Australian chemical weapons expert Professor Bob Mathews has won a $65,000 international peace prize.
Prof Mathews, who once warned the prime minister John Howard not to expose troops to biological weapons in Iraq, shared the inaugural OPCW-The Hague Award with the Finnish Institute for the Verification of the Chemical Weapons Convention (VERIFIN).
The award was set up with the proceeds of the Organisation for the Prohibition of Chemical Weapons’s 2013 Nobel Peace Prize win. It recognises individuals and non-profit, non-governmental organisations that have made an outstanding contribution to achieving a world free of chemical weapons.
According to the OPCW, Matthews, an OAM recipient, dedicated his career to the disarmament and non-proliferation of chemical weapons.
“He made significant contributions to the final drafting of the Chemical Weapons Convention (CWC), as well as to its establishment, implementation and promotion as a unique instrument eliminating an entire category of weapons of mass destruction,” the OPCW stated.
Prof Mathews recently represented Australia at an OPCW conference as head of the Australian Defence Science and Technology Organisation NBC Arms Control Unit and is a a senior fellow in the Faculty of Law at the University of Melbourne, Australia.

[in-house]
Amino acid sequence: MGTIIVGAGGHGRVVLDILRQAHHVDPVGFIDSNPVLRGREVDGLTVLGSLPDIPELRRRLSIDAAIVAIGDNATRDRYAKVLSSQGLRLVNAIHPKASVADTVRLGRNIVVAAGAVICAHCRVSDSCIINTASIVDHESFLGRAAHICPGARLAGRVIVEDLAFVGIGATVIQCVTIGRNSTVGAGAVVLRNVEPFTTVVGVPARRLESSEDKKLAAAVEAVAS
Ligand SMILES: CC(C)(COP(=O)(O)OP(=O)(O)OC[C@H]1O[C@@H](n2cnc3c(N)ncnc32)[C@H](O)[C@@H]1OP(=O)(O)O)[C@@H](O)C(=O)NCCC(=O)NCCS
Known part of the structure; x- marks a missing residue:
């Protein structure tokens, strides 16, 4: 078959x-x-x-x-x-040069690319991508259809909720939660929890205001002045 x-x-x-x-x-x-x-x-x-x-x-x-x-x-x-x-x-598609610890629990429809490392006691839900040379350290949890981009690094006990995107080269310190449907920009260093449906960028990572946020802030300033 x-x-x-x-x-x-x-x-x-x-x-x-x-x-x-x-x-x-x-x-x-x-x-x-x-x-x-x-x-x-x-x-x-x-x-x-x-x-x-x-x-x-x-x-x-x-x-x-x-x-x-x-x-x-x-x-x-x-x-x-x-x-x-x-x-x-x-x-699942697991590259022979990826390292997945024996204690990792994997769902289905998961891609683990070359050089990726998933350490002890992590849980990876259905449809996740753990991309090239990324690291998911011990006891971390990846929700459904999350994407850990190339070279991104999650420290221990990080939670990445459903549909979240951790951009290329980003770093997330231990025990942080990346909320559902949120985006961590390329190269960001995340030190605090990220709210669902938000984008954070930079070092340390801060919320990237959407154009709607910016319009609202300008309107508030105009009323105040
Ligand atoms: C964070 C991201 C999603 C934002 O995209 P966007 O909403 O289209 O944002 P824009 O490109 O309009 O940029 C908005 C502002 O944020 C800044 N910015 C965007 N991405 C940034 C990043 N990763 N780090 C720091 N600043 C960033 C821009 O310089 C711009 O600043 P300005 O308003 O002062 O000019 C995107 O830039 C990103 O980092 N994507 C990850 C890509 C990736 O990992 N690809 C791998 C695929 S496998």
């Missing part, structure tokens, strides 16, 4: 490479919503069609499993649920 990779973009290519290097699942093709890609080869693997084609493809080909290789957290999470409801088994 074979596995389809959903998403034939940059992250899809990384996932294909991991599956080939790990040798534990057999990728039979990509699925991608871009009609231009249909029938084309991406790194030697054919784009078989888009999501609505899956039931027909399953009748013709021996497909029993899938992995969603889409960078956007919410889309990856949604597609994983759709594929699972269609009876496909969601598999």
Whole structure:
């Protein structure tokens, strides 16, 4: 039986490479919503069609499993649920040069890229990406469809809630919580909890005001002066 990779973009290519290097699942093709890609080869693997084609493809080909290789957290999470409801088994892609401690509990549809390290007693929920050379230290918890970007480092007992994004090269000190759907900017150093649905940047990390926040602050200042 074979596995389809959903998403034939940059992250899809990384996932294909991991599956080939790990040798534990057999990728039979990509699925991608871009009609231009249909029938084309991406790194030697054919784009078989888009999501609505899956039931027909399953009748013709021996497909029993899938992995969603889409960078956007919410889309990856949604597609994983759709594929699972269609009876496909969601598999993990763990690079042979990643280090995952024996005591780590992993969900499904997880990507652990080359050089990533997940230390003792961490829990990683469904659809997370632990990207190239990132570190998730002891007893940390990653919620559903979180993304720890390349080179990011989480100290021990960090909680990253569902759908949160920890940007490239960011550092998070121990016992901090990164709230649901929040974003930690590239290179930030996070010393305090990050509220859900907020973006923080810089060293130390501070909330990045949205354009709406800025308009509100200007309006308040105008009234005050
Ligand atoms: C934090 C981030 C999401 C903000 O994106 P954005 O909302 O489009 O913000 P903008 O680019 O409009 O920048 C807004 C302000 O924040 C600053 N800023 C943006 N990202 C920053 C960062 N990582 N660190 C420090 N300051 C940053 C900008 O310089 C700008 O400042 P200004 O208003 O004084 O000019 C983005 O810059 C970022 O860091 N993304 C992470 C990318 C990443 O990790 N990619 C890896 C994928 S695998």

His time at DSTO nearly came to an end in 2004, when he wrote the personal letter to then PM Howard saying that while having Saddam Hussein in power was “undesirable but stable”, “there are no reasons at the present time to justify supporting a US-led invasion of Iraq”.
He said there was no evidence that Hussein had substantial stockpiles of usable WMD and that by joining the US-led invasion, Australia would increase its own risks at home, as it was a “serious distraction to the fight against terrorism”.
Prof Mathews will receive his award at the OPCW Headquarters in The Hague, The Netherlands on December 1.
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